The Saudi Ministry of Foreign Affairs sent a memorandum to the headquarters of the Syrian Negotiations Committee (SNC) in Riyadh, announcing its intention to suspend the work of committee’s employees in Saudi Arabia starting the end of this month, days before the fifth round of the Constitutional Committee meetings, which neither the Moscow Platform nor Jamal Suleiman will attend.
An attachment to the Saudi letter, which was circulated by activists and media outlets, stated that, “in light of the continued disruption of the work of the Syrian Negotiations Committee, it was decided to suspend the work of its employees at the end of January 2021, until the Committee resumes its activity.”
The Saudi Foreign Ministry called on the committee to take note of the memorandum and take the necessary measures.
UN Special Envoy for Syria Geir Pederse, received a message on Jan. 13, 2021, from the National Coordination Committee for Democratic Change, the Moscow Platform, and figures from the Cairo Platform, asking him to act quickly and push for consensus within the SNC.
Copies of the letter were sent to both Russian Foreign Minister, Sergey Lavrov, and his Saudi and Egyptian counterparts, Faisal bin Farhan and Sameh Shoukry, respectively.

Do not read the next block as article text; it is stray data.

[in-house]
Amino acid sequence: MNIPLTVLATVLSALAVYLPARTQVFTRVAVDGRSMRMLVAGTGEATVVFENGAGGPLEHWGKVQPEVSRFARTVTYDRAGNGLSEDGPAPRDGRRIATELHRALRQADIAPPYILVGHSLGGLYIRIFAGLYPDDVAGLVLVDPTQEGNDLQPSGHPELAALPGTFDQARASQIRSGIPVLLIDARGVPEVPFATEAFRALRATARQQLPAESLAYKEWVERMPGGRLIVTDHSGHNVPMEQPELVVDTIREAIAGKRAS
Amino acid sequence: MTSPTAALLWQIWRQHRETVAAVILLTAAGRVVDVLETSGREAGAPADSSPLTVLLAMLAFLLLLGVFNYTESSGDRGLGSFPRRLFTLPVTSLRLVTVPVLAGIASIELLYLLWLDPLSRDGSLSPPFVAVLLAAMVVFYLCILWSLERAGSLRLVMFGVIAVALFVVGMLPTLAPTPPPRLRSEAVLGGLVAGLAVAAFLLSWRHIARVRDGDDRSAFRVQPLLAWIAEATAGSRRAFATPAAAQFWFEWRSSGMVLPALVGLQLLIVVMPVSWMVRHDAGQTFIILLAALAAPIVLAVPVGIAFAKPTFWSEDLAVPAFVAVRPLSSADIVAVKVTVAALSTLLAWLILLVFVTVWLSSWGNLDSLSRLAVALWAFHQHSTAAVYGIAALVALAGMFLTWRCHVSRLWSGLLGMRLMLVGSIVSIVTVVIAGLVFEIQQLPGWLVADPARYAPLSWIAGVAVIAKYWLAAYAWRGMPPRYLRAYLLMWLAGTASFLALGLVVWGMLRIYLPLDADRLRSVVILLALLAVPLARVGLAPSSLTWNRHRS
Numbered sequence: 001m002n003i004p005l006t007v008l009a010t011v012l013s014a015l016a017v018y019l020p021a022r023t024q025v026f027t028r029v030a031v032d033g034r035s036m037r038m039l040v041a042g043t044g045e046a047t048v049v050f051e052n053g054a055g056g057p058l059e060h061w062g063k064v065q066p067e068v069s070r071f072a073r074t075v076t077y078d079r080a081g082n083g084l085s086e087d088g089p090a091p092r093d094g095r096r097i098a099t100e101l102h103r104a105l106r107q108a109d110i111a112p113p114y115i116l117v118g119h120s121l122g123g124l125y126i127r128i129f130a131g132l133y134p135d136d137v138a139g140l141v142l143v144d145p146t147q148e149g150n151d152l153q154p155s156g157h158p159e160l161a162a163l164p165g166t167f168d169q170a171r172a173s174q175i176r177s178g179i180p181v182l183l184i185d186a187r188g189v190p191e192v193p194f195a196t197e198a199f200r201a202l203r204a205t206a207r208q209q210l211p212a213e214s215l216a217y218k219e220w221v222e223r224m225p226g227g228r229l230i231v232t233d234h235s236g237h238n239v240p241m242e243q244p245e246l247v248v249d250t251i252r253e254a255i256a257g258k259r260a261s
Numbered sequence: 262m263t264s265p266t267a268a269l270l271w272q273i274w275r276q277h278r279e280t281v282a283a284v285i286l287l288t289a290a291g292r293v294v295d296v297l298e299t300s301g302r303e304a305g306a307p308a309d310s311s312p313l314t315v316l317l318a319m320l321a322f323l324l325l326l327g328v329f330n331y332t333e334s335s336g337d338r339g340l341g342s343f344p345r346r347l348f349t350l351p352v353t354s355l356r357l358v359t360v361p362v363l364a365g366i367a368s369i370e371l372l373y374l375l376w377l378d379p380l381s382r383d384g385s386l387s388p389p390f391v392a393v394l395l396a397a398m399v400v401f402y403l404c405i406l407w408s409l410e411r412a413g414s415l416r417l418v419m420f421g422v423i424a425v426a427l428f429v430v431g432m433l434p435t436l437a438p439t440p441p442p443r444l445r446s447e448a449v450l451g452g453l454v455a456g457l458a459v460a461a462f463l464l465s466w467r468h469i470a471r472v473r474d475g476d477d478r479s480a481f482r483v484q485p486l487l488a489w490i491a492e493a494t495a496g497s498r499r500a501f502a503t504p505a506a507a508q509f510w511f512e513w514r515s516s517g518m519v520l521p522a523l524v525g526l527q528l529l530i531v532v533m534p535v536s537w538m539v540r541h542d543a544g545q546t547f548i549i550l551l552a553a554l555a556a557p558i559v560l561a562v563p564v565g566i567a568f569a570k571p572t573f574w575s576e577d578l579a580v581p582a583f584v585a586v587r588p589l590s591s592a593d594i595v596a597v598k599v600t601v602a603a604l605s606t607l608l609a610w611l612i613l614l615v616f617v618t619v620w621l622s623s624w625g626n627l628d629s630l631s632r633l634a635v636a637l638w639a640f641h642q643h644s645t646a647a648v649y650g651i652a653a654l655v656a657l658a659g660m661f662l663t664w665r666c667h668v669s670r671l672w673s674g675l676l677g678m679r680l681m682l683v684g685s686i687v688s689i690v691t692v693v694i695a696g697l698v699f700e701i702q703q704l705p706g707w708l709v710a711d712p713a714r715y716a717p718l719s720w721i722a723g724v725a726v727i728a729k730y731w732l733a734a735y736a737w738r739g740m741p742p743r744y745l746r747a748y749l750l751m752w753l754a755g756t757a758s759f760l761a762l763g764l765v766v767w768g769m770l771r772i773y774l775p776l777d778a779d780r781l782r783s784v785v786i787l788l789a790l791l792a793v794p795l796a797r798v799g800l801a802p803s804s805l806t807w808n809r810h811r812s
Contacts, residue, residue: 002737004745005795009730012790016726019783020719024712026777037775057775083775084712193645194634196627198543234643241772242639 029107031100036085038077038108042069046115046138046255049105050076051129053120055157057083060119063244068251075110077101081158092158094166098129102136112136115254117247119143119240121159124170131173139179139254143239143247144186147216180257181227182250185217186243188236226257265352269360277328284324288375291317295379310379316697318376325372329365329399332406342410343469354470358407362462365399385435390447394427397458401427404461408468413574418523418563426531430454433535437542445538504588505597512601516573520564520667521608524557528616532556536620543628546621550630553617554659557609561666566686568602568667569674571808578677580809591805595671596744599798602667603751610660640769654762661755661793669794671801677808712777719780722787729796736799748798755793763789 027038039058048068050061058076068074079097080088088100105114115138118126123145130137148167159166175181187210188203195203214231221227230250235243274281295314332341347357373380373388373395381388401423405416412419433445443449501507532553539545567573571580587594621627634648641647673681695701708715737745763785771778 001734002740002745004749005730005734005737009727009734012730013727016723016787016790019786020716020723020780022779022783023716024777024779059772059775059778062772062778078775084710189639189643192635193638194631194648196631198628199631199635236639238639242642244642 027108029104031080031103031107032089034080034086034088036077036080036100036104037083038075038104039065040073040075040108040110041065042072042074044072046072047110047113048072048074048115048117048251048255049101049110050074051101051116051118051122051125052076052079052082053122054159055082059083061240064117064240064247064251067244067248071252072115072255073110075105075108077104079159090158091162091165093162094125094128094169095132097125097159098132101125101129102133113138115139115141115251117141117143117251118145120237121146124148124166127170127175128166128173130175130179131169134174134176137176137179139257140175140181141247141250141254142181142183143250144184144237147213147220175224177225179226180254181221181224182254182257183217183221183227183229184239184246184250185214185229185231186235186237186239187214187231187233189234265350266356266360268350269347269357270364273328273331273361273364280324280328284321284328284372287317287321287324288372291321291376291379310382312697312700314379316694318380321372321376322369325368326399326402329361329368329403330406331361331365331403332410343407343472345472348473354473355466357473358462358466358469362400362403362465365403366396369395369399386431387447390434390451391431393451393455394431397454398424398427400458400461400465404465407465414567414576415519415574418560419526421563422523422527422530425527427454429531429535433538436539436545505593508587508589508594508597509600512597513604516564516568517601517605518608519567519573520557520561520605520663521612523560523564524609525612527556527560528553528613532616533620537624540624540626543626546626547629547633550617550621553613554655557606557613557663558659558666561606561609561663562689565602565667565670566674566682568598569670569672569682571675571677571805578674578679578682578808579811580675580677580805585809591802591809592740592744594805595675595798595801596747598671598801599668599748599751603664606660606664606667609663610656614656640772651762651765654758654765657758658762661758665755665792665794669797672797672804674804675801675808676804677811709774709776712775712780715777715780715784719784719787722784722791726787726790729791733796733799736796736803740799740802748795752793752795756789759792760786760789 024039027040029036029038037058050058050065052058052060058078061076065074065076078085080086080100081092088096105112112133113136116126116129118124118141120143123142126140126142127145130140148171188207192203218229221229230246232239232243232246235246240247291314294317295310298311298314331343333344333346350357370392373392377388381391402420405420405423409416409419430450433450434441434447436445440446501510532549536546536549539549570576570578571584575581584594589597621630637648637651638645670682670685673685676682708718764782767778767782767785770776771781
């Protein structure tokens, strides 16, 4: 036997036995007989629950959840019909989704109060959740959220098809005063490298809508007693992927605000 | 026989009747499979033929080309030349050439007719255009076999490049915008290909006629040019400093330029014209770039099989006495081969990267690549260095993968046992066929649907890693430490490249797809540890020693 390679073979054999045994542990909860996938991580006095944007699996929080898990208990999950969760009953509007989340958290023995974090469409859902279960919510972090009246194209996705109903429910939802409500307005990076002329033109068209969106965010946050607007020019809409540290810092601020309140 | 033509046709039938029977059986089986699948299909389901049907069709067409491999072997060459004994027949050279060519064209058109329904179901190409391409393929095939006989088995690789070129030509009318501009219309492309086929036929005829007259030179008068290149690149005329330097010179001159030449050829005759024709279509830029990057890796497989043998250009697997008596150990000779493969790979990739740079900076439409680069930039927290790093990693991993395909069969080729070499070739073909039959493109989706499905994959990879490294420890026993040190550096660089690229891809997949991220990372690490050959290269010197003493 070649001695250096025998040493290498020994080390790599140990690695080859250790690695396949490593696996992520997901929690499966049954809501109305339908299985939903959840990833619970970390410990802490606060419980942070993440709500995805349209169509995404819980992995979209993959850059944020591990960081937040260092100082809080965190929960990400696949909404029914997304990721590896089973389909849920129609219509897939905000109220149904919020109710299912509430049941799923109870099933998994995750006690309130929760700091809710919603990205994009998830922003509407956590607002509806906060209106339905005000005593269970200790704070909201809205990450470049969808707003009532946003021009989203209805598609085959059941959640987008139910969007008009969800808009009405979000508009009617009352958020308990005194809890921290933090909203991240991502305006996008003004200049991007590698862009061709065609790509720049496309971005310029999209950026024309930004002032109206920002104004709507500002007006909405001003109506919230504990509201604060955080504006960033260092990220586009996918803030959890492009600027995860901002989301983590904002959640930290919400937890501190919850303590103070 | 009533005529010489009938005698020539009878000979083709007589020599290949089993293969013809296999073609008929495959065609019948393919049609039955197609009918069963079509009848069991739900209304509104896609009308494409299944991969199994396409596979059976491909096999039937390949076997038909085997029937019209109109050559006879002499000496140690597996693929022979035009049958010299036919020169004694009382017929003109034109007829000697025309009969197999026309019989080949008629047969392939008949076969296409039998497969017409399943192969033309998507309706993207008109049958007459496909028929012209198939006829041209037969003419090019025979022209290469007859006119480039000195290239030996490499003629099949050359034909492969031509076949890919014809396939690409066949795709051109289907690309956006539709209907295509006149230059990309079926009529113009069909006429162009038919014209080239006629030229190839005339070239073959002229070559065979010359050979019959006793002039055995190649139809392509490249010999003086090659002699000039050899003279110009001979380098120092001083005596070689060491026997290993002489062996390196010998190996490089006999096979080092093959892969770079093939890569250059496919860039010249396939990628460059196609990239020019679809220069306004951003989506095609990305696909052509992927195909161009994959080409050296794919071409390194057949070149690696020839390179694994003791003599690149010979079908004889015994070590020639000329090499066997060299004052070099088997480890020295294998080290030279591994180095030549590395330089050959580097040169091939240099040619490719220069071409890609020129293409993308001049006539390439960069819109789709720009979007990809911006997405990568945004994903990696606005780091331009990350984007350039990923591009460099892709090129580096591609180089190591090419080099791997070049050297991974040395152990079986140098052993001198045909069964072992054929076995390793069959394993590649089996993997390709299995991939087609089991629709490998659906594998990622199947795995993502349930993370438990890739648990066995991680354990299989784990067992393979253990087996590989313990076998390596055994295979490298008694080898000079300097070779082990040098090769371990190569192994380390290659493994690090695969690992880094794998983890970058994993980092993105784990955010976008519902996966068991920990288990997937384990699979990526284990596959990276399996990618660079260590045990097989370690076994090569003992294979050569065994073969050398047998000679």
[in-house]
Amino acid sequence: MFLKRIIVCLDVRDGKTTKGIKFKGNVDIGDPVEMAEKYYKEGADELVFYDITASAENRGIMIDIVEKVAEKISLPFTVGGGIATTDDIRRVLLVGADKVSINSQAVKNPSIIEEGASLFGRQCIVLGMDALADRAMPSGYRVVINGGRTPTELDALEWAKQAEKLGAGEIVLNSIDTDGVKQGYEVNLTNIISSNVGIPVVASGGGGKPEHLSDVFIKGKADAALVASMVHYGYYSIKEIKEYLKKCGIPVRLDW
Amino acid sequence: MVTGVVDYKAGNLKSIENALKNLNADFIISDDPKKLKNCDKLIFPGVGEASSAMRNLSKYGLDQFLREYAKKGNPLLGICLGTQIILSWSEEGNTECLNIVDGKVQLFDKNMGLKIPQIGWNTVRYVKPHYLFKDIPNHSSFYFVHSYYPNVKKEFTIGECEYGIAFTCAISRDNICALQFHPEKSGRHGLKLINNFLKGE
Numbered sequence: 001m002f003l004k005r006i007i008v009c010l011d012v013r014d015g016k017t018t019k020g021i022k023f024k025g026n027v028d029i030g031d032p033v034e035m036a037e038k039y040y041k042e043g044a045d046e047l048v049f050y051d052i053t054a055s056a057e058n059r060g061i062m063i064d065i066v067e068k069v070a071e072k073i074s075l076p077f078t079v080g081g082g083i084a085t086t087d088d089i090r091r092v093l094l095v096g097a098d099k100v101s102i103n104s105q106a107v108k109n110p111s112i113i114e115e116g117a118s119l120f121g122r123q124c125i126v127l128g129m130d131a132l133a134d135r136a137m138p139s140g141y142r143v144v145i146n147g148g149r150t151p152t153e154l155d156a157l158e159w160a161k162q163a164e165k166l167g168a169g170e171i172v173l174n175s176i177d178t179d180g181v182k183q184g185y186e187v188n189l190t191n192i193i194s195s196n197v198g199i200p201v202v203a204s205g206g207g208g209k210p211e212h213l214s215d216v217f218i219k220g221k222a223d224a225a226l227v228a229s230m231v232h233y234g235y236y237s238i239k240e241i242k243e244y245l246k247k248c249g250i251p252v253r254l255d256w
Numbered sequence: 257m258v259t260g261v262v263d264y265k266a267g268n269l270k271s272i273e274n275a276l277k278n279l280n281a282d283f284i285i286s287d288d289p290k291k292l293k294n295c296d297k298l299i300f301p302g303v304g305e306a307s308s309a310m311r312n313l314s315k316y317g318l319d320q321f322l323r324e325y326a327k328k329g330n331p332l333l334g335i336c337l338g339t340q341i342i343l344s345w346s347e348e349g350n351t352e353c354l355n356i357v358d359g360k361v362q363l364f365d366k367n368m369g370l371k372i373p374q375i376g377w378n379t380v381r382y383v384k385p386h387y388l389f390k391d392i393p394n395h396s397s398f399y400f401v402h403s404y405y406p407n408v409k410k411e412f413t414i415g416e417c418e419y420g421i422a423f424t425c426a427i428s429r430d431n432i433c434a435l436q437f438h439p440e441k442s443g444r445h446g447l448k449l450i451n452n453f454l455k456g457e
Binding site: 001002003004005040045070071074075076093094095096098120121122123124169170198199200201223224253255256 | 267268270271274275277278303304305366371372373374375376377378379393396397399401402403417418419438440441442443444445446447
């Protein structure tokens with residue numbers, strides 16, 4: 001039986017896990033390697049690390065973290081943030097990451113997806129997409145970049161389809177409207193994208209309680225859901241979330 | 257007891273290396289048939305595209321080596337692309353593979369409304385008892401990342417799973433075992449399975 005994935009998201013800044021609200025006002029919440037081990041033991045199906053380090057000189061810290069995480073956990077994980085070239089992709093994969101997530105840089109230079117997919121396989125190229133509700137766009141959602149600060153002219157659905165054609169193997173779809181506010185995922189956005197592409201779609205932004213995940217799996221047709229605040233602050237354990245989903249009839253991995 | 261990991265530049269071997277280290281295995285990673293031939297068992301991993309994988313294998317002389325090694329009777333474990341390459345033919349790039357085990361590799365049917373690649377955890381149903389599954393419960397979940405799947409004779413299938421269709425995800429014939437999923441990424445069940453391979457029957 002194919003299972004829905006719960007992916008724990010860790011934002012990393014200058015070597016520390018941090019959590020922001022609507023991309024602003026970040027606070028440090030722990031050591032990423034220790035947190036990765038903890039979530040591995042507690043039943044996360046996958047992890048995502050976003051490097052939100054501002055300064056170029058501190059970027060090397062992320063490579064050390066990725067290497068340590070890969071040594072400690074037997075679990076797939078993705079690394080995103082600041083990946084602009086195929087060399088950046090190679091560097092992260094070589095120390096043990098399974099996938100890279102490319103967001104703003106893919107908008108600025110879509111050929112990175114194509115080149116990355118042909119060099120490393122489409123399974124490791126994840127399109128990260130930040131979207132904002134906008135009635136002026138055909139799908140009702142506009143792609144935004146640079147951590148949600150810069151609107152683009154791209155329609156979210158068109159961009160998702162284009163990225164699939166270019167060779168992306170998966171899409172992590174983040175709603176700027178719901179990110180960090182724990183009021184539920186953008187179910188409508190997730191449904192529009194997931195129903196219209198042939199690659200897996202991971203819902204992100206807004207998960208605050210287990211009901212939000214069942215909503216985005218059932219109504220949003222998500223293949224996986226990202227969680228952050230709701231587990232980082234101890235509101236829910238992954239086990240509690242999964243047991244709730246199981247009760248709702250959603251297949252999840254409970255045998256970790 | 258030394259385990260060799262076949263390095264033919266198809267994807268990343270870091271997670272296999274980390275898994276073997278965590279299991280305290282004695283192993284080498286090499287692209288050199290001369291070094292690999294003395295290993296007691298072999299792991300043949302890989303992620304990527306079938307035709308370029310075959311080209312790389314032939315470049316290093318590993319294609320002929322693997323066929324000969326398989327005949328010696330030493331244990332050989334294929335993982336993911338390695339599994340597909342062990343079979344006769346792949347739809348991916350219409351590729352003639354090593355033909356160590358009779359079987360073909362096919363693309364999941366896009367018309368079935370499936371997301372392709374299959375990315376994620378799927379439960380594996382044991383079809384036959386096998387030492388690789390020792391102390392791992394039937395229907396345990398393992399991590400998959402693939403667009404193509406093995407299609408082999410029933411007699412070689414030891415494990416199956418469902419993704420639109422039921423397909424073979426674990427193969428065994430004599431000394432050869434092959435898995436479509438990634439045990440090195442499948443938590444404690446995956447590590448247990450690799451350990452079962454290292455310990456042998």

Meanwhile, representatives of the Cairo and Moscow Platforms will be absent from the Constitutional Committee meetings that will begin on Jan, 25, 2021.
The spokesperson for the SNC, Yahya al-Aridi, explained to Alsouria Net that the Saudi Foreign Ministry’s decision has nothing to do with the dispute taking place within the Cairo Platform about replacing someone on the Syrian Constitutional Committee, indicating that this matter [replacing someone] is “legitimate and the platform’s right.”
Aridi added that the Saudi decision came by virtue of the fact that no meeting of the committee has happened at its headquarters in Riyadh since 2019, noting that the committee had met in other locations, especially in light of the spread of the coronavirus and the preventive measures that accompanied it.
“Three employees (two women and a man) work in the committee’s headquarters in Riyadh. With no meetings taking place there since the end of 2019, the three employees are no longer needed,” said Aridi, noting that the Saudi Foreign Ministry’s decision is not recent, but was issued some time ago.
This article was translated and edited by The Syrian Observer. The Syrian Observer has not verified the content of this story. Responsibility for the information and views set out in this article lies entirely with the author.